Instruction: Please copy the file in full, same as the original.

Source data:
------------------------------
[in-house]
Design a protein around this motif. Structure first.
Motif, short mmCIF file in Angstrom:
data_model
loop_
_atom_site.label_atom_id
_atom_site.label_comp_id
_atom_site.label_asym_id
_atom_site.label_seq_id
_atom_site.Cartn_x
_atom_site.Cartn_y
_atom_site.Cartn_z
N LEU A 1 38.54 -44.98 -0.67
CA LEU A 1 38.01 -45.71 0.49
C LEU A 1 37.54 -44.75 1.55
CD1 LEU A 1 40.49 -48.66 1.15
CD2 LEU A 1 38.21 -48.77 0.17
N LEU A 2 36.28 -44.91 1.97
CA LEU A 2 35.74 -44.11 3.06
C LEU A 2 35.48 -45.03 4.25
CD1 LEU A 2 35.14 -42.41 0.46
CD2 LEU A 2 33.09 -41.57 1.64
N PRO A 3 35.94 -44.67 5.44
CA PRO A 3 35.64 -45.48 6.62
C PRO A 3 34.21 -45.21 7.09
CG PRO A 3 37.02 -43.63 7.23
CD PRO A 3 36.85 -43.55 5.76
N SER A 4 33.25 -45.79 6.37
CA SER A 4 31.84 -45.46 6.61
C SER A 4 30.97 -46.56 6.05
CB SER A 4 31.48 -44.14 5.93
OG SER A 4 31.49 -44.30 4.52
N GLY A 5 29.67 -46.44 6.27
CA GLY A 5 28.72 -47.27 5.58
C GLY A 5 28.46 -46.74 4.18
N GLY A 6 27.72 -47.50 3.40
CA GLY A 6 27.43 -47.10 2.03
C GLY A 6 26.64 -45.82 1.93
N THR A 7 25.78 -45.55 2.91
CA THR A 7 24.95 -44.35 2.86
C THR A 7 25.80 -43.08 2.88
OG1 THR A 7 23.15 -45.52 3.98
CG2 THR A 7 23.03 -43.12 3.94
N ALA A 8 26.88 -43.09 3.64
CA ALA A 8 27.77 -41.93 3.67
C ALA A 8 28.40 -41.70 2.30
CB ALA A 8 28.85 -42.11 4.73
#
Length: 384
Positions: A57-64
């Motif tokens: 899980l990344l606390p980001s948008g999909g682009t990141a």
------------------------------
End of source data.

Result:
[in-house]
Design a protein around this motif. Structure first.
Motif, short mmCIF file in Angstrom:
data_model
loop_
_atom_site.label_atom_id
_atom_site.label_comp_id
_atom_site.label_asym_id
_atom_site.label_seq_id
_atom_site.Cartn_x
_atom_site.Cartn_y
_atom_site.Cartn_z
N LEU A 1 38.54 -44.98 -0.67
CA LEU A 1 38.01 -45.71 0.49
C LEU A 1 37.54 -44.75 1.55
CD1 LEU A 1 40.49 -48.66 1.15
CD2 LEU A 1 38.21 -48.77 0.17
N LEU A 2 36.28 -44.91 1.97
CA LEU A 2 35.74 -44.11 3.06
C LEU A 2 35.48 -45.03 4.25
CD1 LEU A 2 35.14 -42.41 0.46
CD2 LEU A 2 33.09 -41.57 1.64
N PRO A 3 35.94 -44.67 5.44
CA PRO A 3 35.64 -45.48 6.62
C PRO A 3 34.21 -45.21 7.09
CG PRO A 3 37.02 -43.63 7.23
CD PRO A 3 36.85 -43.55 5.76
N SER A 4 33.25 -45.79 6.37
CA SER A 4 31.84 -45.46 6.61
C SER A 4 30.97 -46.56 6.05
CB SER A 4 31.48 -44.14 5.93
OG SER A 4 31.49 -44.30 4.52
N GLY A 5 29.67 -46.44 6.27
CA GLY A 5 28.72 -47.27 5.58
C GLY A 5 28.46 -46.74 4.18
N GLY A 6 27.72 -47.50 3.40
CA GLY A 6 27.43 -47.10 2.03
C GLY A 6 26.64 -45.82 1.93
N THR A 7 25.78 -45.55 2.91
CA THR A 7 24.95 -44.35 2.86
C THR A 7 25.80 -43.08 2.88
OG1 THR A 7 23.15 -45.52 3.98
CG2 THR A 7 23.03 -43.12 3.94
N ALA A 8 26.88 -43.09 3.64
CA ALA A 8 27.77 -41.93 3.67
C ALA A 8 28.40 -41.70 2.30
CB ALA A 8 28.85 -42.11 4.73
#
Length: 384
Positions: A57-64
């Motif tokens: 899980l990344l606390p980001s948008g999909g682009t990141a």